The Navaskyization of CJR
After word of The Nation publisher's hidden role at the magazine was first revealed by the David M blog, the question arose: What does it mean?
Well, one thing it means is that Israel and U.S. foreign policy, both anathema to The Nation, get bashed at every opportunity, even in articles that have nothing to do with Israel or the U.S. government
A reader points out a gratuitous slap at both favorite Navasky targets in the current issue, now online and posted today on the AlterNet Moonbat-regurgitation service. You will note how an article in a supposed "journalism review" finds a comfy home among the ultra-left swill on AlterNet.
The subject was a book by a former prisoner at Auschwitz. E.J. Graff's review of Heda Kovaly's Under a Cruel Star opines as follows:
When I first read Under A Cruel Star, it illuminated Pol Pot’s and Pinochet’s reign of terror. Rereading it last year, I kept thinking of more recent events: The American government manipulating fear and idealism to justify torture camps in Guantánamo and Abu Ghraib. The Iranian revolution forcing grown women to walk around in large black bags for the sake of a pure society. The Israeli government using historical evils to justify a barbaric occupation. If you’re temperamentally a pessimist, as I am, you could react to these situations by locking yourself in your room for the rest of your life.
There they are, the most horrid events in recent history: Iranian fanaticism, mass murder in Cambodia, the U.S.-run torture camps and the barbarism of the Zionist entity in its evil and unjustified occupation of Palestinian lands. All morally equivalent, needless to say.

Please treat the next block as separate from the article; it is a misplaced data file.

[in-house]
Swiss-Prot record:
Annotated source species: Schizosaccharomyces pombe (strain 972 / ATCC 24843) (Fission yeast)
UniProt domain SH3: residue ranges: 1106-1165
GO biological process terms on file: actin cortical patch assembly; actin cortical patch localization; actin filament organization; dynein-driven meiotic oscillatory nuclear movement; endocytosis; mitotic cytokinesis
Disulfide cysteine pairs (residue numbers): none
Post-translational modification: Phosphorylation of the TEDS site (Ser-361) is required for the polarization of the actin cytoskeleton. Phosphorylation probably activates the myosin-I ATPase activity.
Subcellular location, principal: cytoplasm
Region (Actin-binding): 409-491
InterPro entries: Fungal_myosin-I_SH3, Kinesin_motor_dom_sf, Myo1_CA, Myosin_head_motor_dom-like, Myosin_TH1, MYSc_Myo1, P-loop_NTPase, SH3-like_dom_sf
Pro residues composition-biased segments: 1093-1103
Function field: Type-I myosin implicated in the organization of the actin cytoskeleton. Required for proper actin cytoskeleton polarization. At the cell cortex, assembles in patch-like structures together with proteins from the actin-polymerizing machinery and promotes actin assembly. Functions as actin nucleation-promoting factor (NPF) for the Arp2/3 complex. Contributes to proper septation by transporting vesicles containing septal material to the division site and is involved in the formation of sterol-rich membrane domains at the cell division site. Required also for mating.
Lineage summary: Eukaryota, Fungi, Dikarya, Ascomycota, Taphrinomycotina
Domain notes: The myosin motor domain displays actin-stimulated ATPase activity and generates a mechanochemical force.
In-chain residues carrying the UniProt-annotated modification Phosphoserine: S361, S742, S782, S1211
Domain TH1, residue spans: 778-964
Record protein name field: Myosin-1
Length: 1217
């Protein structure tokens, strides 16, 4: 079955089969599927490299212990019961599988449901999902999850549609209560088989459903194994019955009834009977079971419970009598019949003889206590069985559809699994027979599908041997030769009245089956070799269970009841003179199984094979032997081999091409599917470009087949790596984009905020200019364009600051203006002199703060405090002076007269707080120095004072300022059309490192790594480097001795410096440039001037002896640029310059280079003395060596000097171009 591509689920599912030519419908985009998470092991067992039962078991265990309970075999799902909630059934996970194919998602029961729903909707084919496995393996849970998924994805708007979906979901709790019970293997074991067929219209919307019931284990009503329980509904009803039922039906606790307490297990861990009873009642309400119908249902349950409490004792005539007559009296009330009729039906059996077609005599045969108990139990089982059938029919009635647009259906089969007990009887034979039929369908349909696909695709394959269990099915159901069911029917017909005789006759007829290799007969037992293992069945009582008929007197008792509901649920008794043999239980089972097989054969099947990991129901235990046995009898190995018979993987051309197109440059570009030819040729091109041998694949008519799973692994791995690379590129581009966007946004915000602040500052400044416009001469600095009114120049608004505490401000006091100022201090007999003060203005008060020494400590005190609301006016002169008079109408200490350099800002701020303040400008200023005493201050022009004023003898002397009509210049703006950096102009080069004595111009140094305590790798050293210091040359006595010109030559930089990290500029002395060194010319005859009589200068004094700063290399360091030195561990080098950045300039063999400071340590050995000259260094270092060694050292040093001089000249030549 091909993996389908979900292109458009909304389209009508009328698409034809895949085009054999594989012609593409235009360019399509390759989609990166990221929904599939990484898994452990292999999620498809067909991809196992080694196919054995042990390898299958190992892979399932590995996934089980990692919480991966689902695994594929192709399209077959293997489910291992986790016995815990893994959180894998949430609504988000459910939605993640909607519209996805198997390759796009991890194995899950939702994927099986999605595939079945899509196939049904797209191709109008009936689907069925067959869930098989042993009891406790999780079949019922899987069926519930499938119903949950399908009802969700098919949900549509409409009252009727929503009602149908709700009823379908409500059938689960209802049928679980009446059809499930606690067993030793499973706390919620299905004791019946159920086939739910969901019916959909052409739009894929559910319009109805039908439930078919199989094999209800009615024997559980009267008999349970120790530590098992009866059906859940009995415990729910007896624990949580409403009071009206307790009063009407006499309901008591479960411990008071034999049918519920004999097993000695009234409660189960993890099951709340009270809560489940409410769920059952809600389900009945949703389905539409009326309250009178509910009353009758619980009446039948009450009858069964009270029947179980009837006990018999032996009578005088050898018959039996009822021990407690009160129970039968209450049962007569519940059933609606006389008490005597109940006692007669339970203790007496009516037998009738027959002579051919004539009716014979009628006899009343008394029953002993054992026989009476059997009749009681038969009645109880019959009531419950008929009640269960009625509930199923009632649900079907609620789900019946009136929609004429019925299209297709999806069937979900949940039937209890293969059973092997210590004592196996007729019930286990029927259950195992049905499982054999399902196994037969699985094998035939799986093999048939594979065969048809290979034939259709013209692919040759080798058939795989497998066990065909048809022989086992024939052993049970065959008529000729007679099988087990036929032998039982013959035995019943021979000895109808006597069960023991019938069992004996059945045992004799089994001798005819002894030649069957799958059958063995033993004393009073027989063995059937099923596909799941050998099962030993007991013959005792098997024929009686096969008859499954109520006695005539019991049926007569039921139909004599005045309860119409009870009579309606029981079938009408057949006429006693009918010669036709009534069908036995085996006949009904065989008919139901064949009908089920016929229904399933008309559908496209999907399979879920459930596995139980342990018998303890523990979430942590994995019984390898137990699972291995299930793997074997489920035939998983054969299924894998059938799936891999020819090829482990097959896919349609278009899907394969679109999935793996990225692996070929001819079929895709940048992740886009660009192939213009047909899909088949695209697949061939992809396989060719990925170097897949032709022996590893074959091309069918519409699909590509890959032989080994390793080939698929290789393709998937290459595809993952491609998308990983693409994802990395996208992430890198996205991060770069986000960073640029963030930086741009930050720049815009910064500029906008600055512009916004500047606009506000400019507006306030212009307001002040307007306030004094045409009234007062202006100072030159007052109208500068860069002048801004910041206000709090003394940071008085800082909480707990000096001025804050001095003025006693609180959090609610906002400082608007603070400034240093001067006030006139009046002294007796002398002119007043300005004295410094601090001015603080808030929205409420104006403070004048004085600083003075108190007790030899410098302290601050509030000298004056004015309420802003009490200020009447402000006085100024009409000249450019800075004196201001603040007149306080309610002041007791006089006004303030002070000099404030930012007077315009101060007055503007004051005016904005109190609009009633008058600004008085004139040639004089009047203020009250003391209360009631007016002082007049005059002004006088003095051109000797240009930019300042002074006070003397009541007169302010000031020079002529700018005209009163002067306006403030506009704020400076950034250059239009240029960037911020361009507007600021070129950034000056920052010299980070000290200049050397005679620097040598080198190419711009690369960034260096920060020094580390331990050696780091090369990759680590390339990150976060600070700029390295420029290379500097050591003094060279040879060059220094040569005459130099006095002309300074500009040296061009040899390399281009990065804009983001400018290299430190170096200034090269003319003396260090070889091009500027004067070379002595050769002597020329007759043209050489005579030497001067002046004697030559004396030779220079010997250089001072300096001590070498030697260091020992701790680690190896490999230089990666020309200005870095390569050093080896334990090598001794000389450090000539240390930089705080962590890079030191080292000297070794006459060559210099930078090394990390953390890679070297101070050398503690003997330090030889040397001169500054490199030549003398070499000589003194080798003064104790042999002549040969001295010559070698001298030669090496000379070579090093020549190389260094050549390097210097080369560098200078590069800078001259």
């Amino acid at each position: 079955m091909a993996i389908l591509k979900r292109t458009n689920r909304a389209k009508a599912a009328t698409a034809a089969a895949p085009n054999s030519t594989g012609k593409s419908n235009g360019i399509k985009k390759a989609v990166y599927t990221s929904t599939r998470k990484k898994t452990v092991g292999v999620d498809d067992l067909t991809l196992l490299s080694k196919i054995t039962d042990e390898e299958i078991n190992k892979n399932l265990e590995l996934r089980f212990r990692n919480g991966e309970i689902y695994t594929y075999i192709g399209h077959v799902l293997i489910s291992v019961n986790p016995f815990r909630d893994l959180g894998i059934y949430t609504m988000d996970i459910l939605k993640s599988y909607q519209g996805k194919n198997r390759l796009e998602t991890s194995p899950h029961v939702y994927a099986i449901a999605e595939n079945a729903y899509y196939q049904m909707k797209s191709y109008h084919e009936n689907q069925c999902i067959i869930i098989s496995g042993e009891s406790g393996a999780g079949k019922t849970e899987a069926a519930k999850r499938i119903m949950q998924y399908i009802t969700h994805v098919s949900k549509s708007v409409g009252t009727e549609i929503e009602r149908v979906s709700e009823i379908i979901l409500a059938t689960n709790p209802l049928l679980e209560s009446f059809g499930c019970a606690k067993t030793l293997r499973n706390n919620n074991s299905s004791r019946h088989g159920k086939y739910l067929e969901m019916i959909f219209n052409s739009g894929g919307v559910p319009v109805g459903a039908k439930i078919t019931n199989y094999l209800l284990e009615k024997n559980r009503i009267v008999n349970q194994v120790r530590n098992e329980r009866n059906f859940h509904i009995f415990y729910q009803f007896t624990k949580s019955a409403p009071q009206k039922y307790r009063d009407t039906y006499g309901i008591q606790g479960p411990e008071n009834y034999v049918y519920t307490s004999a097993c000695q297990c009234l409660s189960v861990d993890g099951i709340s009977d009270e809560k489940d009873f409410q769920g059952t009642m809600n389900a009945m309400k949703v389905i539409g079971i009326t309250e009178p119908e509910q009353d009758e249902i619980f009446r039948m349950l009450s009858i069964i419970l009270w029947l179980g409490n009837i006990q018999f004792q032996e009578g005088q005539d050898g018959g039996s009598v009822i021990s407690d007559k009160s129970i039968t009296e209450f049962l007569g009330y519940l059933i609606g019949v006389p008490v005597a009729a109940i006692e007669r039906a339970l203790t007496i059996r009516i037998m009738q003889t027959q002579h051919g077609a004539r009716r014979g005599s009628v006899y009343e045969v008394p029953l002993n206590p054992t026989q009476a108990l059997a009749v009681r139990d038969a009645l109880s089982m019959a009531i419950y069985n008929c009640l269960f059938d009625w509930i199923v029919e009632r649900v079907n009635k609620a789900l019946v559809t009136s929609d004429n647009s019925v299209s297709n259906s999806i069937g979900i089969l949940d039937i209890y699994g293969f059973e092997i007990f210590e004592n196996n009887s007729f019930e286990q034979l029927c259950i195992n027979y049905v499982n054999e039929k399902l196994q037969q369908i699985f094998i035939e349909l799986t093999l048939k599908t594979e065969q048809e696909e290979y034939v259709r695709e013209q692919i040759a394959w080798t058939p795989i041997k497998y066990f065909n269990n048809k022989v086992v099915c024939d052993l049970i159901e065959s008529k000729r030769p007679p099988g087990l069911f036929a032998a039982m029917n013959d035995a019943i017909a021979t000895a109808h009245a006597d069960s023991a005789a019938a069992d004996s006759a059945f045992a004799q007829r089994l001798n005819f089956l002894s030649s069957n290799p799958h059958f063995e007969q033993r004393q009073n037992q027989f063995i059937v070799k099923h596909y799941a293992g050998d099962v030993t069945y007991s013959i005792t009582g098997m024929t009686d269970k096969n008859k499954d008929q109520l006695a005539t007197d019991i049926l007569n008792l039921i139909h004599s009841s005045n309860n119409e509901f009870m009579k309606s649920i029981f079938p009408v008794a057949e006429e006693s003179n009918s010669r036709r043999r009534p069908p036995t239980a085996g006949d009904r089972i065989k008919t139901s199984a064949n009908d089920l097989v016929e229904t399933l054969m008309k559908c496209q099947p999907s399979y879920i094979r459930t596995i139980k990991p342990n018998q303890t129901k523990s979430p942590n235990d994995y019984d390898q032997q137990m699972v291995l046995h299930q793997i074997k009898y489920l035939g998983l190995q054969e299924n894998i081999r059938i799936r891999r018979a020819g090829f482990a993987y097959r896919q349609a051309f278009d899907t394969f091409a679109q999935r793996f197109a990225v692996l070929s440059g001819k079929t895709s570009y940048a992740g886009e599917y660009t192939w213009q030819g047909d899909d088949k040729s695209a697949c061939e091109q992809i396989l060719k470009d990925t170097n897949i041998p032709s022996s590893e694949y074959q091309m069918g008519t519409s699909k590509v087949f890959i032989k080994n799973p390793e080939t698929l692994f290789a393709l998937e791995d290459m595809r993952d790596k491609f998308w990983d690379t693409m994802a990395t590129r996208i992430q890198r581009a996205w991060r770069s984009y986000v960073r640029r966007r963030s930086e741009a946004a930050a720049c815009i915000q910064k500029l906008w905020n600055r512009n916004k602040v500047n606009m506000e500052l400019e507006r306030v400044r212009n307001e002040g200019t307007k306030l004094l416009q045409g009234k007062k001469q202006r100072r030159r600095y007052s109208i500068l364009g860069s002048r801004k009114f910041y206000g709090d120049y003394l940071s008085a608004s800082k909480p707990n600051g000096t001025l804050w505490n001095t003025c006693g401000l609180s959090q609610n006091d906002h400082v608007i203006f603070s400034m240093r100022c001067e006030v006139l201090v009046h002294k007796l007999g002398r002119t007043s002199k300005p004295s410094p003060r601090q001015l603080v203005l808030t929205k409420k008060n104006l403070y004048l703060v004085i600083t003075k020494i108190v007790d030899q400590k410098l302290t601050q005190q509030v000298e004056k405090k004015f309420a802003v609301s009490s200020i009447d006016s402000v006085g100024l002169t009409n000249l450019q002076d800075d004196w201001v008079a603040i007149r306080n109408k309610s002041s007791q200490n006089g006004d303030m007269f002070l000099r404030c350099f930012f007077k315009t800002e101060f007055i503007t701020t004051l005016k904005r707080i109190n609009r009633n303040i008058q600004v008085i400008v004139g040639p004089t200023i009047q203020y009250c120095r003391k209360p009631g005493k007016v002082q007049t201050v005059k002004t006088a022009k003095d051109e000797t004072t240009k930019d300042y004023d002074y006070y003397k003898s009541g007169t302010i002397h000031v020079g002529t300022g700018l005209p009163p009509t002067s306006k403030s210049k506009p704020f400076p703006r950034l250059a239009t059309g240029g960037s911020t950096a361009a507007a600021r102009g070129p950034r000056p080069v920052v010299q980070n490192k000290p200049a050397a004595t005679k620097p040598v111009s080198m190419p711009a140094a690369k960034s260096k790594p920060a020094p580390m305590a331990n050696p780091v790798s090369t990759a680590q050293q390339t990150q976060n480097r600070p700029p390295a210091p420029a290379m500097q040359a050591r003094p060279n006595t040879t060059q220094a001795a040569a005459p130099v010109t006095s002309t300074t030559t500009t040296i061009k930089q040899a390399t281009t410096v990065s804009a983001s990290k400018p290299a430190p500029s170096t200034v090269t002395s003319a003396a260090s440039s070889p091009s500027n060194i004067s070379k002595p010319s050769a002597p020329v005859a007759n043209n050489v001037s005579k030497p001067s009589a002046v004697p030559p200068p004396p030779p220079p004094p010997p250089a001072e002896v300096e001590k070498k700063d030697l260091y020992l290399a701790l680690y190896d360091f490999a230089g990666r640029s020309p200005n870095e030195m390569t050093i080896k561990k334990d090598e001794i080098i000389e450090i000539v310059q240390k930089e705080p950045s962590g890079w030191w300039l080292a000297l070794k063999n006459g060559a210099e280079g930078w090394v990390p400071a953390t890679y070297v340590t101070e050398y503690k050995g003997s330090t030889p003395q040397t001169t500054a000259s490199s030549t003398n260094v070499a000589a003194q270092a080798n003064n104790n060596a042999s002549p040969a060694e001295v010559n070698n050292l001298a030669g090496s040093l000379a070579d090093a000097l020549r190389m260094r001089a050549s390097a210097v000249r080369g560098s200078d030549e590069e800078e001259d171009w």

Now, in case you were wondering, CJR has what are known as "editors." One of the jobs of people holding that title is to say to a writer who inserts a remark like this something to the effect that "this is inappropriate." Or, "let's leave it out--it really doesn't belong in a review of a book about Auschwitz." The term of art for that is "editing."
It so happens that CJR employs editors, competent ones, and those remarks were just fine with them. That is because CJR clearly is an appropriate repository for gratuitous anti-American polemics and Israel-bashing, now that Victor Navasky is at the helm.
Bottom line: The Navakyization of CJR is underway, and the CJR that used to be considered a nonpartisan journalism review is D-E-A-D.
UPDATE: I just received, from yet another attentive reader, a copy of a recent interview that CJR exec editor Michael Hoyt conducted with the Mediabistro website. (It's on a subscription-only part of the site, so don't bother to look for it unless you are a member.)
The purpose of the piece was to describe for freelance writers the kind of stuff that CJR isn't looking for, and this is what Hoyt had to say about that:
What not to pitch: The most common pitfall in the business is what Hoyt calls a
"journalism story in drag"—political pieces cloaked as media pieces. "There's a
lot to say on press coverage of Israel, but we often get pitches which are
really just saying that Israel's right about everything," says Hoyt. "Our radar
is up for that kind of thing."
Nossir, we certainly don't want to put politics in a media piece. And as for those proposals saying that "Israel's right about everything"--I leave it to your imagination what those proposals really said. Don't expect to read a story on media bias in the Middle East anytime soon, unless it passes the Navasky sniff test and is the kind of stuff you'd read about in The Nation.
Like I said: D-E-A-D.